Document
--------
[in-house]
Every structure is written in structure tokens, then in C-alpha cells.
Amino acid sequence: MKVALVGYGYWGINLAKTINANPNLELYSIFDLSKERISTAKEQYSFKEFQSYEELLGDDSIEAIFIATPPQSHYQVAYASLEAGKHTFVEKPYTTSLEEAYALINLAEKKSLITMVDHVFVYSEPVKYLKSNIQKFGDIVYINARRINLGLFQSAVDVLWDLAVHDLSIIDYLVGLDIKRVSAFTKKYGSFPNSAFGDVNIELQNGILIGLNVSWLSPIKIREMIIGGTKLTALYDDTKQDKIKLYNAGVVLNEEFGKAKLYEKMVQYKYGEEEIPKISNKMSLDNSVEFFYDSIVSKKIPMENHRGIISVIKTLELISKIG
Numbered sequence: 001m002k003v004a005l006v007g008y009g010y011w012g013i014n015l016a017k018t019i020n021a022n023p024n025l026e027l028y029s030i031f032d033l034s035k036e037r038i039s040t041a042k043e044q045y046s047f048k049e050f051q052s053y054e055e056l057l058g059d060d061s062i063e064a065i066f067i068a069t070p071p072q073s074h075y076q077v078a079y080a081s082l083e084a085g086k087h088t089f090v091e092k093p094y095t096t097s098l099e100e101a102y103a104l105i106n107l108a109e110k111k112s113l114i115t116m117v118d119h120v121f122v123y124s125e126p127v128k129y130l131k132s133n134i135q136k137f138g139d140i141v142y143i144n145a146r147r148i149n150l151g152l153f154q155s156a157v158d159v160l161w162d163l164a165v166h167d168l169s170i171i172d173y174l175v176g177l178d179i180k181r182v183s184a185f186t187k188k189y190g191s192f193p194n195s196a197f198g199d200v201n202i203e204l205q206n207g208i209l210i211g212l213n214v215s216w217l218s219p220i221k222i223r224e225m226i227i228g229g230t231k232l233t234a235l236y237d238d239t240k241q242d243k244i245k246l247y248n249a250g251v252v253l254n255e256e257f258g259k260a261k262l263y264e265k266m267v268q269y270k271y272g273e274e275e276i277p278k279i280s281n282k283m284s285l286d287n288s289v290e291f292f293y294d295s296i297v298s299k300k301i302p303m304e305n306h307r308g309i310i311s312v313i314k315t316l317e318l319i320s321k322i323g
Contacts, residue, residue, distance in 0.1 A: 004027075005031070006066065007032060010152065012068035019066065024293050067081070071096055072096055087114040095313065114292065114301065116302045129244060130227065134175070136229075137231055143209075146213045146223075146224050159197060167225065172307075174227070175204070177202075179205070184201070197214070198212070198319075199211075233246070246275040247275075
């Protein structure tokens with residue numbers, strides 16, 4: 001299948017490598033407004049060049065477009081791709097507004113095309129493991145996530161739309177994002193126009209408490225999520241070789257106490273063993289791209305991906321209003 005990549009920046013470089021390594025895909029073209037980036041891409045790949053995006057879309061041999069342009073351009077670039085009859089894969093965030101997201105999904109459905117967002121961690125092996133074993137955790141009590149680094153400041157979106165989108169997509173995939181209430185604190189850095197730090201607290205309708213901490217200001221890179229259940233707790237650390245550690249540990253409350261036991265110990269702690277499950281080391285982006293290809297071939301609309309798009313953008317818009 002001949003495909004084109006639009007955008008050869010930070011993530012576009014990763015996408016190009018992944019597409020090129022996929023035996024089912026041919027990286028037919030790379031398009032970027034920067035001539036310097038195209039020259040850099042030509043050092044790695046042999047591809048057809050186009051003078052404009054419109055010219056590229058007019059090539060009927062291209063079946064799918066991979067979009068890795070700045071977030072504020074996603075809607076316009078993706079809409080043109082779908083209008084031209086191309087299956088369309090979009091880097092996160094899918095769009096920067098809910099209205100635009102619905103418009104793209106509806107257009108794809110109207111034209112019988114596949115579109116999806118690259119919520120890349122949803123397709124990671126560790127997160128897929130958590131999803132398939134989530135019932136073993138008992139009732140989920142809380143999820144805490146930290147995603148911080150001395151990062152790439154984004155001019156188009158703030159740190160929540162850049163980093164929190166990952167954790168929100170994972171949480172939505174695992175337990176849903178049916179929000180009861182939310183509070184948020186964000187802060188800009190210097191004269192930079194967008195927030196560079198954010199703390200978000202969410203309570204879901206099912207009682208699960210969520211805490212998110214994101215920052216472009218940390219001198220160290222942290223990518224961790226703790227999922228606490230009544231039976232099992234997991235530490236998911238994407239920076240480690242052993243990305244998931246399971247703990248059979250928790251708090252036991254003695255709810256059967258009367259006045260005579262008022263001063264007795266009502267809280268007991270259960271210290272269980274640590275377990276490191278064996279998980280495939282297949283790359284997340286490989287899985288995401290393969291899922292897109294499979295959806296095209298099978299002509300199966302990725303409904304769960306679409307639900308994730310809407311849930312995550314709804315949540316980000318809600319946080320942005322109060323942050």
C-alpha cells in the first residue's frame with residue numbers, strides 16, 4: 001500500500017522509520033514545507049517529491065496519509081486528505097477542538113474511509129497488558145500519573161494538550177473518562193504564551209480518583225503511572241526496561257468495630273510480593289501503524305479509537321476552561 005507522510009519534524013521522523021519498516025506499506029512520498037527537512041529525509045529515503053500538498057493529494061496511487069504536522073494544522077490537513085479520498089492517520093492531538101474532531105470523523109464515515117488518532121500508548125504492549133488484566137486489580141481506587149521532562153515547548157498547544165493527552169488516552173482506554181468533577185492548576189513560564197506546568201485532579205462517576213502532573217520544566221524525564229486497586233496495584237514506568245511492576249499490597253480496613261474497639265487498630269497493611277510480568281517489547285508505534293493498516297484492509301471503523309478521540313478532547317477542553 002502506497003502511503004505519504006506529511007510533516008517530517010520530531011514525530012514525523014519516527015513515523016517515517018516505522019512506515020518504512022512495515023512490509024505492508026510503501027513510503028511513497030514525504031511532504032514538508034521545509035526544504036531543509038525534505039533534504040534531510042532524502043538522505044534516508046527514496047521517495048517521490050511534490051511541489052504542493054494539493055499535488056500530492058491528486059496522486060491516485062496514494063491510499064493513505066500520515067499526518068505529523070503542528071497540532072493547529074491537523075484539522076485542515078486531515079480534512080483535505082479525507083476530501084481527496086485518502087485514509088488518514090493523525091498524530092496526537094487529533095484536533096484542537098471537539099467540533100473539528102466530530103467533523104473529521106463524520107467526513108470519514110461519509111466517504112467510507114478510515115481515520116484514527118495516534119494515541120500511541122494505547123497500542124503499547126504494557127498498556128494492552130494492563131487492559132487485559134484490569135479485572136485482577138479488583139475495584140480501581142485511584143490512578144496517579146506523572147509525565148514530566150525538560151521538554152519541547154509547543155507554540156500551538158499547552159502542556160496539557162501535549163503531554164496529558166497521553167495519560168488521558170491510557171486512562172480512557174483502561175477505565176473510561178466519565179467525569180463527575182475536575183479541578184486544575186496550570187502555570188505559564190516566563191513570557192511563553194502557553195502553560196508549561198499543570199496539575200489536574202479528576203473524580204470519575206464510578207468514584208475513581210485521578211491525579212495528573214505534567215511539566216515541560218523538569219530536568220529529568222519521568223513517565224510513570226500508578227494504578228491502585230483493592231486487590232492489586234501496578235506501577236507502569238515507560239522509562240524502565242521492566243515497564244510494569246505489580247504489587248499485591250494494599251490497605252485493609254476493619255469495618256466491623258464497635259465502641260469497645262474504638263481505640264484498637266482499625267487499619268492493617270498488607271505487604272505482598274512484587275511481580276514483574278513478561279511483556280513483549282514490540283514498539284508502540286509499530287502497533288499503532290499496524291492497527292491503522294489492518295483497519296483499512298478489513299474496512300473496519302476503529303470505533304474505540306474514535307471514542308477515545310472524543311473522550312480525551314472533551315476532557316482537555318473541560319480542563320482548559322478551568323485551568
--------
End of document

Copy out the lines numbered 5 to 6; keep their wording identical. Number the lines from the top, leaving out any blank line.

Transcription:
Contacts, residue, residue, distance in 0.1 A: 004027075005031070006066065007032060010152065012068035019066065024293050067081070071096055072096055087114040095313065114292065114301065116302045129244060130227065134175070136229075137231055143209075146213045146223075146224050159197060167225065172307075174227070175204070177202075179205070184201070197214070198212070198319075199211075233246070246275040247275075
């Protein structure tokens with residue numbers, strides 16, 4: 001299948017490598033407004049060049065477009081791709097507004113095309129493991145996530161739309177994002193126009209408490225999520241070789257106490273063993289791209305991906321209003 005990549009920046013470089021390594025895909029073209037980036041891409045790949053995006057879309061041999069342009073351009077670039085009859089894969093965030101997201105999904109459905117967002121961690125092996133074993137955790141009590149680094153400041157979106165989108169997509173995939181209430185604190189850095197730090201607290205309708213901490217200001221890179229259940233707790237650390245550690249540990253409350261036991265110990269702690277499950281080391285982006293290809297071939301609309309798009313953008317818009 002001949003495909004084109006639009007955008008050869010930070011993530012576009014990763015996408016190009018992944019597409020090129022996929023035996024089912026041919027990286028037919030790379031398009032970027034920067035001539036310097038195209039020259040850099042030509043050092044790695046042999047591809048057809050186009051003078052404009054419109055010219056590229058007019059090539060009927062291209063079946064799918066991979067979009068890795070700045071977030072504020074996603075809607076316009078993706079809409080043109082779908083209008084031209086191309087299956088369309090979009091880097092996160094899918095769009096920067098809910099209205100635009102619905103418009104793209106509806107257009108794809110109207111034209112019988114596949115579109116999806118690259119919520120890349122949803123397709124990671126560790127997160128897929130958590131999803132398939134989530135019932136073993138008992139009732140989920142809380143999820144805490146930290147995603148911080150001395151990062152790439154984004155001019156188009158703030159740190160929540162850049163980093164929190166990952167954790168929100170994972171949480172939505174695992175337990176849903178049916179929000180009861182939310183509070184948020186964000187802060188800009190210097191004269192930079194967008195927030196560079198954010199703390200978000202969410203309570204879901206099912207009682208699960210969520211805490212998110214994101215920052216472009218940390219001198220160290222942290223990518224961790226703790227999922228606490230009544231039976232099992234997991235530490236998911238994407239920076240480690242052993243990305244998931246399971247703990248059979250928790251708090252036991254003695255709810256059967258009367259006045260005579262008022263001063264007795266009502267809280268007991270259960271210290272269980274640590275377990276490191278064996279998980280495939282297949283790359284997340286490989287899985288995401290393969291899922292897109294499979295959806296095209298099978299002509300199966302990725303409904304769960306679409307639900308994730310809407311849930312995550314709804315949540316980000318809600319946080320942005322109060323942050």